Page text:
Book Review: “Being a Dad Who Leads” by John MacArthur (2014)

“Nothing is a more worthy investment of any father’s time and energy than this: be a godly leader in your own home.” — John MacArthur

Image result for being a dad who leadsJohn MacArthur‘s prolific, best-seller-writing career is due in thanks to the staff who collects and categorizes his sermon notes into topical, bite-sized chunks. Being a Dad is no exception, for it’s simply an amalgam of six great sermons from years gone by, all on the topic of fatherly leadership. Below is just a brief summary of these 6 chapters, along with a few of my own thoughts thrown in for good measure.

“Chapter 1: The Starting Point of a Dad’s Leadership.” No man can be a truly good father without first loving his wife (12). In this chapter, MacArthur focuses on Ephesians 5:25-31, and the points he brings out remind me again of what my own biggest need is right now, especially while my children are still infants.

Chapters 2-3: “Raising Your Children in the Lord,” Parts 1-2. For these two chapters, MacArthur gets to the heart of fathering from Ephesians 6:4. First he focuses on the need for evangelism, stating that when it comes to sharing with children the truths of their eternal destinies, a father can never start too early. He even reminds fathers of the most important ingredients for the Gospel (50-53), something they ought to already have memorized as they rub shoulders with unbelievers every day. Next, he emphasizes the importance of discipline in bringing children up “in the nurture and admonition of the Lord.”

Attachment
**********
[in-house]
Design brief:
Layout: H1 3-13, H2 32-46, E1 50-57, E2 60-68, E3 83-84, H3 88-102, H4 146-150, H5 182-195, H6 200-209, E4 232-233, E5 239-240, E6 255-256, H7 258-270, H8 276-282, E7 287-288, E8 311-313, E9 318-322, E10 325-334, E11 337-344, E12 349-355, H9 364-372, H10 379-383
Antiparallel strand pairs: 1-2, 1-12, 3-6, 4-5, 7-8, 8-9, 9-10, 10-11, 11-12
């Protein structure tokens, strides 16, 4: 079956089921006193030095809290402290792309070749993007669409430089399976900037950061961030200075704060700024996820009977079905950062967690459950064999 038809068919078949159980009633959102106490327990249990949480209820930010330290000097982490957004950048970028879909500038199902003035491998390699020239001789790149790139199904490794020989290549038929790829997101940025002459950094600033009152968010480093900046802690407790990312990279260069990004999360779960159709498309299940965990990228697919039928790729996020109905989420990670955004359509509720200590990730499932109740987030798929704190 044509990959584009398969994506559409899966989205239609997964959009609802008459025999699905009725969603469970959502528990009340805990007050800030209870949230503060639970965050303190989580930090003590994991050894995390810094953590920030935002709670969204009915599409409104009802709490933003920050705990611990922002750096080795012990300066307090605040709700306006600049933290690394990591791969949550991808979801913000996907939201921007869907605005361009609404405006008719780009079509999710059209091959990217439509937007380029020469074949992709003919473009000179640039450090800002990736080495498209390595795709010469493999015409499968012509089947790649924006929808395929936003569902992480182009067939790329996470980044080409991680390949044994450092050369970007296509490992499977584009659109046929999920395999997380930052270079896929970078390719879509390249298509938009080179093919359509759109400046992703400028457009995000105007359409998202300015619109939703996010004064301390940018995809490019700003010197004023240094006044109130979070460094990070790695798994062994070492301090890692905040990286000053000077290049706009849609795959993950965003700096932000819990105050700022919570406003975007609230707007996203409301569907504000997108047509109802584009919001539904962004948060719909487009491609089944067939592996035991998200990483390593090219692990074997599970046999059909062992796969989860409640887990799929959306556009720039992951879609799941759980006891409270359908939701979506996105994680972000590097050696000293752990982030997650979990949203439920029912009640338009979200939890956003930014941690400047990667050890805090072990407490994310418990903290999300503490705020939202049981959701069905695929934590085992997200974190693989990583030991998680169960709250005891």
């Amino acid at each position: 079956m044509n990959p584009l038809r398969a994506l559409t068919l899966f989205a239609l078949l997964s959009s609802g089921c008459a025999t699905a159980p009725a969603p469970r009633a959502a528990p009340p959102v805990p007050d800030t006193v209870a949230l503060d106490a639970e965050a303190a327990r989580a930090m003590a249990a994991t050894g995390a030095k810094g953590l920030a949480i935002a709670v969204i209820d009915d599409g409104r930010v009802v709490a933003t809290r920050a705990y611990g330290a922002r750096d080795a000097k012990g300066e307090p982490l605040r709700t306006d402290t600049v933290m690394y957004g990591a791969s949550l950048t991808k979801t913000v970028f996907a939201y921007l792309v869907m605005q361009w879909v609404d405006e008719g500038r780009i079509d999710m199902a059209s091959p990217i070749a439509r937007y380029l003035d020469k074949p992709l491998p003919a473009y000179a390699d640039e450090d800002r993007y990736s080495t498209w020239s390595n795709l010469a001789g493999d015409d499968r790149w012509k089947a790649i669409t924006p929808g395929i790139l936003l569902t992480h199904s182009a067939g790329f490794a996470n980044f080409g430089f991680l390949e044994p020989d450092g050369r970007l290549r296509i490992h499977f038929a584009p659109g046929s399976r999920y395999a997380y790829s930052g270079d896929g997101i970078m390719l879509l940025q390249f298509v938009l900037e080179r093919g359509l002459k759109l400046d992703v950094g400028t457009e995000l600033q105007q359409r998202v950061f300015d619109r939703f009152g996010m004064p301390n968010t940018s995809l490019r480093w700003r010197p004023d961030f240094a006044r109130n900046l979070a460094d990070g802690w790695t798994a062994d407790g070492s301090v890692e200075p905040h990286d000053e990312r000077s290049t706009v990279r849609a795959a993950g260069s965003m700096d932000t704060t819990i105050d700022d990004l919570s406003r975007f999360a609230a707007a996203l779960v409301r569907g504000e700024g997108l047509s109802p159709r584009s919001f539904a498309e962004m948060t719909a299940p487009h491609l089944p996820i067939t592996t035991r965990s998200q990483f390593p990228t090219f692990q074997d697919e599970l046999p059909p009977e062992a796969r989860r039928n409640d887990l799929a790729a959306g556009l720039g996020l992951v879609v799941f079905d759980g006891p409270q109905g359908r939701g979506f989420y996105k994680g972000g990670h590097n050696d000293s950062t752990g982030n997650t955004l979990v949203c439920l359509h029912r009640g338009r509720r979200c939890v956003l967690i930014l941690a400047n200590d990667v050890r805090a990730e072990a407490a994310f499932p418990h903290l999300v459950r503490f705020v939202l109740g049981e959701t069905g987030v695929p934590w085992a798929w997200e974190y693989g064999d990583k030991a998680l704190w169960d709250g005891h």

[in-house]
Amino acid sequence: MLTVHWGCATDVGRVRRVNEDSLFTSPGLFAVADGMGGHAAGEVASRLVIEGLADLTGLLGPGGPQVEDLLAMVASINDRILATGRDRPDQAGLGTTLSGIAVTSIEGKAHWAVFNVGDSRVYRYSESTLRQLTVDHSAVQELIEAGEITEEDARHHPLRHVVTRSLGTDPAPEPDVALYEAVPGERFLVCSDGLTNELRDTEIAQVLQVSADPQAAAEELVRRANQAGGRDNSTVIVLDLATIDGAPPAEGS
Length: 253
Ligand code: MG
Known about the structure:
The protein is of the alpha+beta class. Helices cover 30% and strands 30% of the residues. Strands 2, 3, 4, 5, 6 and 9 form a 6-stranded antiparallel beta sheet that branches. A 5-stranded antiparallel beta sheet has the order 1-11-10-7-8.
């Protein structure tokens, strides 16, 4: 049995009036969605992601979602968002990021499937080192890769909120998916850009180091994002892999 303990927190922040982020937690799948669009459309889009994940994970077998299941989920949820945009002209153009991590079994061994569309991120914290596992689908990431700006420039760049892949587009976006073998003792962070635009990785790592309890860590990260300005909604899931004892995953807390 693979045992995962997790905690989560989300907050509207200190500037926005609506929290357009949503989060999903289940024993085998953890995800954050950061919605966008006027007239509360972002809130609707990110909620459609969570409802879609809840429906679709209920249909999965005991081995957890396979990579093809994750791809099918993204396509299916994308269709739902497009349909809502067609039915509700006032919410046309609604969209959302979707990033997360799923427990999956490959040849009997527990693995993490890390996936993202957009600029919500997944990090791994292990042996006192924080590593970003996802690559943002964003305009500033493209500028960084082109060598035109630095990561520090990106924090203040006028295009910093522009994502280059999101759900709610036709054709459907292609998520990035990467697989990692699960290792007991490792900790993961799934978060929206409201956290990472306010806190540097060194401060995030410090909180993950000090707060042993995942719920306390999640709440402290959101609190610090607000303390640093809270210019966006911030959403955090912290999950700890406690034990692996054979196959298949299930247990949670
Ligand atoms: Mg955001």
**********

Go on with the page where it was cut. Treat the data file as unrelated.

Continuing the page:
“Chapter 4: Leading Your Children to Grow in Wisdom.” In this chapter, MacArthur focuses on the wise parenting advice that is strewn throughout the book of Proverbs. The generational aspect of parenting involves the idea that no child will obey a father’s words if he himself doesn’t live the way he teaches. MacArthur then shares 10 crucial lessons that every father should teach (81-100), for example to teach one’s children “to fear God,” to guard their minds,” and “to control their bodies.”

“Chapter 5: A Father’s Love for a Rebellious Child.” In this chapter one can find MacArthur’s great sermon out of Luke 15 about the Prodigal Son and the Faithful Father.

“Chapter 6: A Call for Strong and Courageous Dads.” In this final chapter, MacArthur writes about what qualities make a man a real man (130-137). I enjoyed this final chapter a lot, for in my own fiction-writing, I’ve been trying to draw out specific character qualities that my young protagonists must either already possess or eventually grow into as they traipse through the the dangers of their historical settings. These qualities are clearly laid out in Chapter 6, with plenty of Scripture to back them up.

This book is small enough for even the laziest dad to pick up and read, and the lessons learned might have a sizable impact on how he leads his family into the future. As with all John MacArthur books I’ve read, I definitely recommend it.

©2014 E.T.

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Gallery | This entry was posted in Book Review, Christian Living, Evangelism, Family, Leadership, Men, Non-Fiction, Relationships. Bookmark the permalink.

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